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‘Cannabis 2.0’ May Not Be Enough to Save Canopy Growth Stock

Thomas Niel

It’s been a rough 2019 for Canopy Growth (NYSE:CGC) stock. But the launch of the company’s “Cannabis 2.0” products next month could change that. Canopy and the pot space at-large could rebound if sales of beverages, edibles, and vapes live up to expectations.

'Cannabis 2.0' May Not Be Enough to Save Canopy Growth Stock

Source: Jarretera / Shutterstock.com

But is this enough to move the needle for Canopy Growth stock? Even after a nearly 65% decline from its 52-week high, shares trade at a high valuation. Strategic partner Constellation Brands’ (NYSE:STZ) multi-billion dollar investment provided a cash cushion. However, as the company burns through cash, Canopy could eventually need additional capital infusions.

The pot space is betting big on “Cannabis 2.0”. Does this mean its time to buy ahead of launch? Don’t bet the ranch. While the shellacked share prices of pot stocks could rebound, all bets are off regarding upside.

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But before we get to what will be, let’s review what was.

No Escaping a Terrible Quarter

Shares of Canopy Growth dropped to a two-year low yesterday after the company reported a weaker-than-expected $374.6 million net loss in its fiscal second quarter. It seems consumers lost interest in cannabis in the period, leading CGC to report $47.9 million in charges, including a $15.9 million inventory write-down.

To be sure, net revenue in the quarter tripled YoY to $76.6 million, compared with $23.3 million in the same quarter last year, but it was off from Q1’s $90.5 million.

What happened? Acting CEO Mark Zekulin blamed Ontario’s slow intro of pot retail stores as the biggest contributor to the miss. The province is the country’s biggest market , so that’s gotta hurt. He’s been quite vocal with authorities about green lighting more legal locations, but it seems to be falling on deaf ears — “Eh?”.

“Why it’s not just happening right away, I do not know,” Zekulin told BNN Bloomberg.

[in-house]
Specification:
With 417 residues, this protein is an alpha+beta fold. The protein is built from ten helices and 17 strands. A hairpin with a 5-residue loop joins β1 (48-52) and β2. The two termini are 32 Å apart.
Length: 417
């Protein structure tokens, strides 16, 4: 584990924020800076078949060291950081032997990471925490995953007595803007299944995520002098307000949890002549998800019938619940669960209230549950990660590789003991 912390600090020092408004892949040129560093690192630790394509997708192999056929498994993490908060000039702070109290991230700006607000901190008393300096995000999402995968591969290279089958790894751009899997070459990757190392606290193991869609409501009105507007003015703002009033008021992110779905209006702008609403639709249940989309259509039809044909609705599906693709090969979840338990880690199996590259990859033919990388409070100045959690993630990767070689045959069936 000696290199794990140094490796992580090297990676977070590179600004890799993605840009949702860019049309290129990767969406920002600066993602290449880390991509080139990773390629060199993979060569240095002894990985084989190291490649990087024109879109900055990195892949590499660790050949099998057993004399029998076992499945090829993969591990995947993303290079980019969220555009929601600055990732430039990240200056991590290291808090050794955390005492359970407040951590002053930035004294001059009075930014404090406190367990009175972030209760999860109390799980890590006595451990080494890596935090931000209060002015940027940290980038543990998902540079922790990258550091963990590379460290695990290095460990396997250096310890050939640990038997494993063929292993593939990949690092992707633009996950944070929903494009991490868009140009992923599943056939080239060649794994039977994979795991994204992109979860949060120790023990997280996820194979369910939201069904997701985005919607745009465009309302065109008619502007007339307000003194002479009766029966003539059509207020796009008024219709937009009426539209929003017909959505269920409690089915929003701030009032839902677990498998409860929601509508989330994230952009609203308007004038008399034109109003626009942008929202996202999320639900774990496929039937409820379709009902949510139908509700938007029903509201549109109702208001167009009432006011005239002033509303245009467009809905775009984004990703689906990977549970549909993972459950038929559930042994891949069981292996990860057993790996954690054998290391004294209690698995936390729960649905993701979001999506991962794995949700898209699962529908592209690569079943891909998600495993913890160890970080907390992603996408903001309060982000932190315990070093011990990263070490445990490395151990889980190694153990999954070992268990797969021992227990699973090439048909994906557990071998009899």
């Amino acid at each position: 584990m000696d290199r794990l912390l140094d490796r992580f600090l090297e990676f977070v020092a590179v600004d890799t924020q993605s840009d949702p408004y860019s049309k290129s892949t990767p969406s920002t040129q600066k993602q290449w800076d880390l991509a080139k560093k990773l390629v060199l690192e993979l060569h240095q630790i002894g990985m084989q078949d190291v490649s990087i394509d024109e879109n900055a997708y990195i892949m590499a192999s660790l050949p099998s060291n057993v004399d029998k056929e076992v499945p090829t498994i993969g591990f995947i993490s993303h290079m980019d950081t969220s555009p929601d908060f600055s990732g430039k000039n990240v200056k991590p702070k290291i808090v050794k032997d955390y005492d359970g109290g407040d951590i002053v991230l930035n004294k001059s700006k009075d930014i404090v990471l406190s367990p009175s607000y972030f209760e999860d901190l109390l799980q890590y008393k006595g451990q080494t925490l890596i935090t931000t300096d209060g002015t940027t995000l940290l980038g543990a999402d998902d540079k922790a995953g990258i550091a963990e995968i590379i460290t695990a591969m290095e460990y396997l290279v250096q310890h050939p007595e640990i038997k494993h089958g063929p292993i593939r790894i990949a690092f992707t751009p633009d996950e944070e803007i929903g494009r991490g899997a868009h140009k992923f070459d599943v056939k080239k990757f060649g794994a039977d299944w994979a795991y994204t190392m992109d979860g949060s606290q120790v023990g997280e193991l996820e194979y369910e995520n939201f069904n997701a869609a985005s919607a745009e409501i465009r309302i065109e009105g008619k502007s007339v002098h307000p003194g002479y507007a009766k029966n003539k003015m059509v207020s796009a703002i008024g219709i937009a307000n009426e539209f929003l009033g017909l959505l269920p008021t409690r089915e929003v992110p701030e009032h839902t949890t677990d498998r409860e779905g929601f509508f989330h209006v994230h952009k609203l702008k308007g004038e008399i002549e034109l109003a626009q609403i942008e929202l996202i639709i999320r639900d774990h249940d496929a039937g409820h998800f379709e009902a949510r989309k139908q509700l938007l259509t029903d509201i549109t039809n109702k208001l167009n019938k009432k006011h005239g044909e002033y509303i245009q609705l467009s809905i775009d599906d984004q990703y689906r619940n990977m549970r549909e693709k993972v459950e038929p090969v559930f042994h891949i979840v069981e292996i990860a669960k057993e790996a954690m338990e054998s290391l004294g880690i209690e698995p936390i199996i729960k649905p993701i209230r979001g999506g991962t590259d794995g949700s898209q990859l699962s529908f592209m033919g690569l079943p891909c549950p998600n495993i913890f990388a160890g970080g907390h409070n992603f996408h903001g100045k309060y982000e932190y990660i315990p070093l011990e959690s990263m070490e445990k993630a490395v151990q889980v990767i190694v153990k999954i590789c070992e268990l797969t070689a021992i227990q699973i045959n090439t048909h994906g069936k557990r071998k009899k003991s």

He isn’t expected to be “acting” much longer, as Canopy is reported to be zoning in on a permanent replacement for ousted co-founder and former CEO Bruce Linton.

Now, as I was saying … let’s take a closer look at CGC stock, and see why Cannabis 2.0 may not be enough to save the stock.

Cannabis 2.0: Reality vs. Hype for CGC Stock

Canada legalized recreational marijuana sales last year. The “2.0” of legalization came just last month, with the regulatory green light for CBD- and THC-infused drinks, edibles and non-flower products.

With Canopy’s launch of Cannabis 2.0 products coming on schedule for early December, we are getting a clearer picture of the new product launches. A few weeks ago, Barron’s took a look Canopy’s upcoming  products. The company is launching 13 cannabis-infused drinks, a line of cannabis-infused chocolate, as well as vape products.

Is there demand for these products? Some 60% of cannabis users, and 80% of non-users want to try out infused beverages. With the drinks offering a low-THC buzz, they could be an alternative to alcoholic beverages like beer and wine.

Cowen analyst Vivien Azer is bullish about Cannabis 2.0’s impact on the industry. She projects these products could produce $2.3 billion CAD ($1.7 billion) in annualized sales by next year. But will this translate into revenue growth for Canopy? The company faces heavy competition in the beverage, edibles, and vapes space. Competitors like Hexo (NYSE:HEXO) have beverage launches of their own. Meanwhile, in its earnings report, the company said it used $404.7 million in cash, mostly for its operations, along with the construction of its manufacturing and beverage production facilities.